Justice French explained that under Article IV of the Ohio Constitution, appellate courts have jurisdiction to “review and affirm, modify or reverse judgments or finals orders” of lower courts. In the absence of a final order, an appeals court or the Supreme Court has no jurisdiction, she wrote. She added that appellate courts are limited to reviewing issues actually decided by the trial court. In this case, the Court found that only the certification of the class by the trial court was a final, appealable order.
“That order, however addresses only whether plaintiffs met the seven (court rule) requirements to maintain a class action. It contains no findings or discussion pertaining to res judicata or the preclusive effect of Cleveland’s administrative process. Therefore, it provides no basis for reviewing the res judicata question in this appeal,” Justice French wrote.
She noted the city suggested the trial court’s granting of the class certification implies that it rejected its res judicata argument because one of the seven factors to be considered for certification is “typicality.” To meet the typicality standard, Lycan and the other named plaintiffs had to have essentially the same legal arguments as all the other members. In this case, the class was all motorists with leases who were ticketed before the law was amended in 2009, including those who appealed.
Justice French concluded the two-line judgment of the trial court allowing the case to proceed did not address the issue of res judicata, which means it cannot be deemed a final judgment that can be used by the city to appeal the issue.
Justices Paul E. Pfeifer and William M. O’Neill concurred in the opinion as did Eleventh District Court of Appeals Judge Cynthia W. Rice sitting on assignment for Justice Terrence O’Donnell.
Dissenting Justices Argue Issue Can Be Considered
In a dissenting opinion, Justice Sharon L. Kennedy noted the civil rules do not require any special language to be used by a trial court when certifying a class, but the court is required to “undertake a rigorous analysis,” before the class is certified which might include probing the merits of the claim before deciding. Because the trial court specifically rejected the city's res judicata claim when ruling on the motion to certify the class, the matter was properly before the Eighth District and the Supreme Court can consider the issue on appeal, she concluded.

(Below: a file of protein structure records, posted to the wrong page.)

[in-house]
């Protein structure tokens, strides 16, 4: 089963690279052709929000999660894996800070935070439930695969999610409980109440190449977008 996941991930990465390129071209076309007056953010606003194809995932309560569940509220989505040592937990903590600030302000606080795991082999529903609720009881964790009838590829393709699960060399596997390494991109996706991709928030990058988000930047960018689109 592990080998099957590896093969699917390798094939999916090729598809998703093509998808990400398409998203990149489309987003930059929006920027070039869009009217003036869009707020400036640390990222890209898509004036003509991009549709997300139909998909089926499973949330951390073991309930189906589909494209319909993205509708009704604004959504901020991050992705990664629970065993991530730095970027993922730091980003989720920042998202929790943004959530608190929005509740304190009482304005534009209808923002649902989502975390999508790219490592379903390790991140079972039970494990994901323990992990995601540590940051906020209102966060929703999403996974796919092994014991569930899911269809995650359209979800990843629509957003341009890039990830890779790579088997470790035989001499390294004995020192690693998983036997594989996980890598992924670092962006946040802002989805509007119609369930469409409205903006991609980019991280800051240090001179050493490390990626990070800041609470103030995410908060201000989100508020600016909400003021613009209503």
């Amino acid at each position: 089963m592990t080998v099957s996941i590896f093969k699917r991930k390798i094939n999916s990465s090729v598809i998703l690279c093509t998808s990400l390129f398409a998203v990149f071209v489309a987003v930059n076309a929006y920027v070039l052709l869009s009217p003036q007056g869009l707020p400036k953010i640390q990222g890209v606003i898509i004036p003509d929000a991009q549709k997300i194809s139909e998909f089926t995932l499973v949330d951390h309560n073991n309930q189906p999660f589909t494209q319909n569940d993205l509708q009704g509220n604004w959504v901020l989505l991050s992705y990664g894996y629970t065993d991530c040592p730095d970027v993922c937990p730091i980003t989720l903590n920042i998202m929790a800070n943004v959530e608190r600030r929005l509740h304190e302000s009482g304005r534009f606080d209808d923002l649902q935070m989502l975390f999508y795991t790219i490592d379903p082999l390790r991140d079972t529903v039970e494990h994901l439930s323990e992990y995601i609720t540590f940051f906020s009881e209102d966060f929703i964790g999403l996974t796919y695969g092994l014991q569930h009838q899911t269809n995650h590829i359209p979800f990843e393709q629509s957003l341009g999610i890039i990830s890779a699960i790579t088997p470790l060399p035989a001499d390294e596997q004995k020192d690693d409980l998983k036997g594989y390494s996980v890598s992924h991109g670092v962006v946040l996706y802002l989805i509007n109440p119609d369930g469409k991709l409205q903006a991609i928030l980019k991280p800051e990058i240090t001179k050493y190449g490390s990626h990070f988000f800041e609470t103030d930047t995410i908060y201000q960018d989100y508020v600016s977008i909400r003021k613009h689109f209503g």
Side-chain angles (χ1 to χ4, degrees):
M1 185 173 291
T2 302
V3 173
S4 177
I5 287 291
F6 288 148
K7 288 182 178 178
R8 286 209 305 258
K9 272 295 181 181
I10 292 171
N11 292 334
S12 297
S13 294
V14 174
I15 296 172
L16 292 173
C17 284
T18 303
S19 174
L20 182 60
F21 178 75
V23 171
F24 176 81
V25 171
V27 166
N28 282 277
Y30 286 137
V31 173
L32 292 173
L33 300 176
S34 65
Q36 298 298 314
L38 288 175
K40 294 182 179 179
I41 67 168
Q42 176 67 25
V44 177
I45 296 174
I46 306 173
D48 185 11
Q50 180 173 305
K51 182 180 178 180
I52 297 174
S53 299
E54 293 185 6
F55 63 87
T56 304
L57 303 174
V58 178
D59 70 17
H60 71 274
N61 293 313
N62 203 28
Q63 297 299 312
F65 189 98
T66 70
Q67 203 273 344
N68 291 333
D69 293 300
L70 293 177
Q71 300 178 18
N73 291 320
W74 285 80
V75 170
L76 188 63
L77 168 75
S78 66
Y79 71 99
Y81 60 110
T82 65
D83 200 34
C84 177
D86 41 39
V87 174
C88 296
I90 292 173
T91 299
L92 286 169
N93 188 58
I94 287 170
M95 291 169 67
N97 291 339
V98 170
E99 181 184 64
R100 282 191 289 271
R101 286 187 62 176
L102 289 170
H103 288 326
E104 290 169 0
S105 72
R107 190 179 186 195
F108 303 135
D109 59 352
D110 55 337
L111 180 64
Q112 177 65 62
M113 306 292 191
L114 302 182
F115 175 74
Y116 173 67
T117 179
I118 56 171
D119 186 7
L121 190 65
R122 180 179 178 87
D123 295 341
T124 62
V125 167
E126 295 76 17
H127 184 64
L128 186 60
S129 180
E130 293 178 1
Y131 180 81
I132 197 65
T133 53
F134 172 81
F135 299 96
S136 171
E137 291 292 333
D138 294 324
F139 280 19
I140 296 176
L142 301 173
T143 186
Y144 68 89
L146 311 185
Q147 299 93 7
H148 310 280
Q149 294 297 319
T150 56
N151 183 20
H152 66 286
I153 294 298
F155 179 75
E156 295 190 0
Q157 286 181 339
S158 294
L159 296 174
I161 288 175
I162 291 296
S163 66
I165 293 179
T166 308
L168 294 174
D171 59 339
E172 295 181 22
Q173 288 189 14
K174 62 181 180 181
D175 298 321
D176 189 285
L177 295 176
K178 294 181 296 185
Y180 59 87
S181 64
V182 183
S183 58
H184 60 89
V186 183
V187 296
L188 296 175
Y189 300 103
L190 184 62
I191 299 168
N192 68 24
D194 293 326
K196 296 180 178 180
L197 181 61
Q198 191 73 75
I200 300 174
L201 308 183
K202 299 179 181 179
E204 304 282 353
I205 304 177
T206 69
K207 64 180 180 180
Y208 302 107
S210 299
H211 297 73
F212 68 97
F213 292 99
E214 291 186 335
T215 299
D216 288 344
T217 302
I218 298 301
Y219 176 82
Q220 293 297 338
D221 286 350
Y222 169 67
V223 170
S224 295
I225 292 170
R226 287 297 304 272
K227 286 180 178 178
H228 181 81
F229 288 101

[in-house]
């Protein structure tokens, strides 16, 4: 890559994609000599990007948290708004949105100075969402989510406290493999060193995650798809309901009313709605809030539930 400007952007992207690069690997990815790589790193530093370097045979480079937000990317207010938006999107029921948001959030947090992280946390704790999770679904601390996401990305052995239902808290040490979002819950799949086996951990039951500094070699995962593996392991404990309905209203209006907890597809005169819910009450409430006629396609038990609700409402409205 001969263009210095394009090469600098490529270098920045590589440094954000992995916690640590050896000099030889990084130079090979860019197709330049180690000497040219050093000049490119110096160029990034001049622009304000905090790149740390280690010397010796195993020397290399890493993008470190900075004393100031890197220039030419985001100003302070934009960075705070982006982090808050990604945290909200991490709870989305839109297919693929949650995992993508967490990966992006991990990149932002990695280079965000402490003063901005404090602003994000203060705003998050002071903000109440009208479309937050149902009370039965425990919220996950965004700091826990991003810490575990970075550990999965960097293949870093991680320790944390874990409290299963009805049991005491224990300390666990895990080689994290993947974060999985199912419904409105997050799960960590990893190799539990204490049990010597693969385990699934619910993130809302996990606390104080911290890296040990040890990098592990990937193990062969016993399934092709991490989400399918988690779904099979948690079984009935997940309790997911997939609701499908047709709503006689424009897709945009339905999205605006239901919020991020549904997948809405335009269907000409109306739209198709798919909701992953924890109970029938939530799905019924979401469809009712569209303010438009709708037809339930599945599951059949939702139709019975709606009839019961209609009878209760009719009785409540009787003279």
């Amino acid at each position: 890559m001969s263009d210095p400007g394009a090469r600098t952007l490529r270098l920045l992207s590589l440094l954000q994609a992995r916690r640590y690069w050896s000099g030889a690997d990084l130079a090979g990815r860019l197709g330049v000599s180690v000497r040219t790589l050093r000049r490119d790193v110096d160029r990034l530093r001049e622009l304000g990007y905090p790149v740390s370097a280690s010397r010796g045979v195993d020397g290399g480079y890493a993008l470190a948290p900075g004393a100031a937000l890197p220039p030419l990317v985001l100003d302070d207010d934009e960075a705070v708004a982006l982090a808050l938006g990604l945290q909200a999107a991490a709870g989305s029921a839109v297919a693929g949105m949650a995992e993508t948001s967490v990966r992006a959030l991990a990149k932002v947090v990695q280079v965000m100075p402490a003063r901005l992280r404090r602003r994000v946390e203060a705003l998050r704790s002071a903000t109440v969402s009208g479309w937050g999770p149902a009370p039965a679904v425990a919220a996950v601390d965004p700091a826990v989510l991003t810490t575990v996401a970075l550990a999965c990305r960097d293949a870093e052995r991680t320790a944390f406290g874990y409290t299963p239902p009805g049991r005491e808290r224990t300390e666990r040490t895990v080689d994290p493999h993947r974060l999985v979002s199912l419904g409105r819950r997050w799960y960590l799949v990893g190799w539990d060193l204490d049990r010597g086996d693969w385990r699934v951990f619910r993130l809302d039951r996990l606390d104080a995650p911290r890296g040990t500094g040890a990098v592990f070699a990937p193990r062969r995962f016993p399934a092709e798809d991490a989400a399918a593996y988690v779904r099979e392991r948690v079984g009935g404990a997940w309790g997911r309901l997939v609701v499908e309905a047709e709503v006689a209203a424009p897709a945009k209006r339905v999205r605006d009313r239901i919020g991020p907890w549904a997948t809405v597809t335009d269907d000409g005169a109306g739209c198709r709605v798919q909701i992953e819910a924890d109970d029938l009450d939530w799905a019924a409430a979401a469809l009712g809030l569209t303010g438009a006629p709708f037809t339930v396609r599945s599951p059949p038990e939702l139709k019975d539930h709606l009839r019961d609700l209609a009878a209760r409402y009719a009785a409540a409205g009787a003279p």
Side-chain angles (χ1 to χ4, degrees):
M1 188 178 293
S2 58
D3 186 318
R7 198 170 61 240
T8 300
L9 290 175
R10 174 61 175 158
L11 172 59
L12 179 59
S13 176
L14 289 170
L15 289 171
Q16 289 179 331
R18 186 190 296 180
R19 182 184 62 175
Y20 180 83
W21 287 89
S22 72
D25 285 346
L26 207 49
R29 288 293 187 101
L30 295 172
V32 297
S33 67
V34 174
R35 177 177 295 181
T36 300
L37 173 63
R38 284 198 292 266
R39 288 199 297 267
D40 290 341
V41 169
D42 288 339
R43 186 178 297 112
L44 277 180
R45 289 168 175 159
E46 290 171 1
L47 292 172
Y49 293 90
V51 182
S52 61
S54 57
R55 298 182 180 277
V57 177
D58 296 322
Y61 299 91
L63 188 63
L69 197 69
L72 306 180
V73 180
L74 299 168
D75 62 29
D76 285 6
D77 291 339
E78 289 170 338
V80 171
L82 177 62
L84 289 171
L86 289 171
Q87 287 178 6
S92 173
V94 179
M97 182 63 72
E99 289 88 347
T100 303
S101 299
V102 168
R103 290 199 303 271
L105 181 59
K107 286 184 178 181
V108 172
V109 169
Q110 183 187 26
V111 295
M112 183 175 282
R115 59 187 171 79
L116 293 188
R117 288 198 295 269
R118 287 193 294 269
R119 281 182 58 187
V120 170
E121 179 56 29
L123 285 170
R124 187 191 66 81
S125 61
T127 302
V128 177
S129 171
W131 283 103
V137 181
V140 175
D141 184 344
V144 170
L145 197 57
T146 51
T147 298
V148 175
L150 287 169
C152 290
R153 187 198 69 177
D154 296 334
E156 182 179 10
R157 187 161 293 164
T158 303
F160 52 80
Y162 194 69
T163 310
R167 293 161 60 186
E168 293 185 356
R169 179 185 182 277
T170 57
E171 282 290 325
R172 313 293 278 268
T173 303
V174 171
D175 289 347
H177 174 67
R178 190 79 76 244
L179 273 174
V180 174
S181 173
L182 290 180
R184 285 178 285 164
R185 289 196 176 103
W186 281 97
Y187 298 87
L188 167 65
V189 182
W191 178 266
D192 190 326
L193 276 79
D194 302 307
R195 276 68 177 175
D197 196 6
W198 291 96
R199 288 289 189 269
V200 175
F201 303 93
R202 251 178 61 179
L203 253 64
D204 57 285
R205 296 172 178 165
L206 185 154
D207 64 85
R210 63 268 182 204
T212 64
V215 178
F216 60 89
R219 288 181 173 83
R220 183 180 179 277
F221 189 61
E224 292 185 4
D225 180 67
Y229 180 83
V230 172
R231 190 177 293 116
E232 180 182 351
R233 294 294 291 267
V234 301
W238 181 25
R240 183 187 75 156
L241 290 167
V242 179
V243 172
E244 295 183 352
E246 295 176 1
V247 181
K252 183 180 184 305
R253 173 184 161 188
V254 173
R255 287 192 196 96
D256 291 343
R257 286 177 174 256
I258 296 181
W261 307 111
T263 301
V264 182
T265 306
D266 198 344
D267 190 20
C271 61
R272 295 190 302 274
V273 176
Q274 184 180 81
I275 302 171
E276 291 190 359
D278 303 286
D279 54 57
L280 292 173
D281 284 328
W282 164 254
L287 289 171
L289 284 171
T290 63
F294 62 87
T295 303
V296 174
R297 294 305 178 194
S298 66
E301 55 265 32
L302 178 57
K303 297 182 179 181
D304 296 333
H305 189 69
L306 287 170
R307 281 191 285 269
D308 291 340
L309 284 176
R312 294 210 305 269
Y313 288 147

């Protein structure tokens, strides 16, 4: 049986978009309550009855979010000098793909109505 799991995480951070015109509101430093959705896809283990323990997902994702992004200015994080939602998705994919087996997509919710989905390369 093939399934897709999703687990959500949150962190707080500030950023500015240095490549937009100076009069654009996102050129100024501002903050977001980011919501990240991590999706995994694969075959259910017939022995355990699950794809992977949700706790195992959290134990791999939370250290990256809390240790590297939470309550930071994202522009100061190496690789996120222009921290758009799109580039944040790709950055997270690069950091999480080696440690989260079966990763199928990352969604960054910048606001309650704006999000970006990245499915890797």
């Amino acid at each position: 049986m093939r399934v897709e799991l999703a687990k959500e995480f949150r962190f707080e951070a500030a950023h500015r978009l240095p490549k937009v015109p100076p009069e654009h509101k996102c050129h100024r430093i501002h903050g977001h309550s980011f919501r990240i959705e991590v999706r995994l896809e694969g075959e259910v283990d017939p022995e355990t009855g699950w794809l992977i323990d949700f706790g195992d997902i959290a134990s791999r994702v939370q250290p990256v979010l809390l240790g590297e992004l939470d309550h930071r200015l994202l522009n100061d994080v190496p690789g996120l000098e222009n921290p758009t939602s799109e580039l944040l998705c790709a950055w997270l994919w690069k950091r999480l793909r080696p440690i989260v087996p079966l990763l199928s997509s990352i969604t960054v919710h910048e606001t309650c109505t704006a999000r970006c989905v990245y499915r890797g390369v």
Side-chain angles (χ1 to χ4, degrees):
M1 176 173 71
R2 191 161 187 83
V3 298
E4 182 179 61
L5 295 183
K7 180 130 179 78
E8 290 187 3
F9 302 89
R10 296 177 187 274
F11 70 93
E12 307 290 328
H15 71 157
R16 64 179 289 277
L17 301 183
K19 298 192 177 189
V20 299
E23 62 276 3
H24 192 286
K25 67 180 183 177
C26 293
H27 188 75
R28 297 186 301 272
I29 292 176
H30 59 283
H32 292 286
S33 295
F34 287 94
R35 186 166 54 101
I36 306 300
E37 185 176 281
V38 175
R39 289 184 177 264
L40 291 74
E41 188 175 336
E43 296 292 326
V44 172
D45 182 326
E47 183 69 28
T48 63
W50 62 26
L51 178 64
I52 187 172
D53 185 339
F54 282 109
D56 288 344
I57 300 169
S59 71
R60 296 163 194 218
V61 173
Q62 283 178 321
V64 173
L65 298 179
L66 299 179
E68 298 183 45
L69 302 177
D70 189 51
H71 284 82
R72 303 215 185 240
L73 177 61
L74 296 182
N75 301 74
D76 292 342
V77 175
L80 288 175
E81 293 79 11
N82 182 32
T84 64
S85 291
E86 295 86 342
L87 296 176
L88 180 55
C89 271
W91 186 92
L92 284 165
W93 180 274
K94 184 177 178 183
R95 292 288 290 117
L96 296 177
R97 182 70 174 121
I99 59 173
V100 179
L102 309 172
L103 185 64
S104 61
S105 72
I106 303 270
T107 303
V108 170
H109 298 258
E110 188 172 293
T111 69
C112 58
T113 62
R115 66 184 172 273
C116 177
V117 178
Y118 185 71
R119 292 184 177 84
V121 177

Cleveland raised the defense of res judicata when it made a motion for summary judgment, and the trial court rejected its argument. The trial court explicitly relied on its decision to reject this argument when it certified the class. Justice Kennedy pointed to the fact that the trial court made a typicality finding, which required the judge to decide if the named plaintiffs who did not appeal the tickets could lead the lawsuit. Those class members who did not appeal might have their damage claims defeated by the city’s res judicata argument while those who did appeal would not be subjected to it. That would lead to the class members having different legal arguments, and would fail to meet the typicality prerequisite to proceed as a class, she noted.
“In granting the motion for partial summary judgment, the trial court issued a one-sentence order. While the order did not contain any findings of fact or conclusion of law, a logical conclusion is that the trial court rejected both of the city’s defenses,” she wrote. The trial court referred to this decision when it certified the class action.
By referring to the one sentence summary judgment order in the class certification order, Cleveland’s defense of res judicata was included in the class certification order. The Eighth District did not make a mistake when it addressed this issue, and the Supreme Court should consider this issue on appeal, she concluded.
Justice Judith Ann Lanzinger joined the dissent, and Chief Justice Maureen O’Connor dissented separately without an opinion.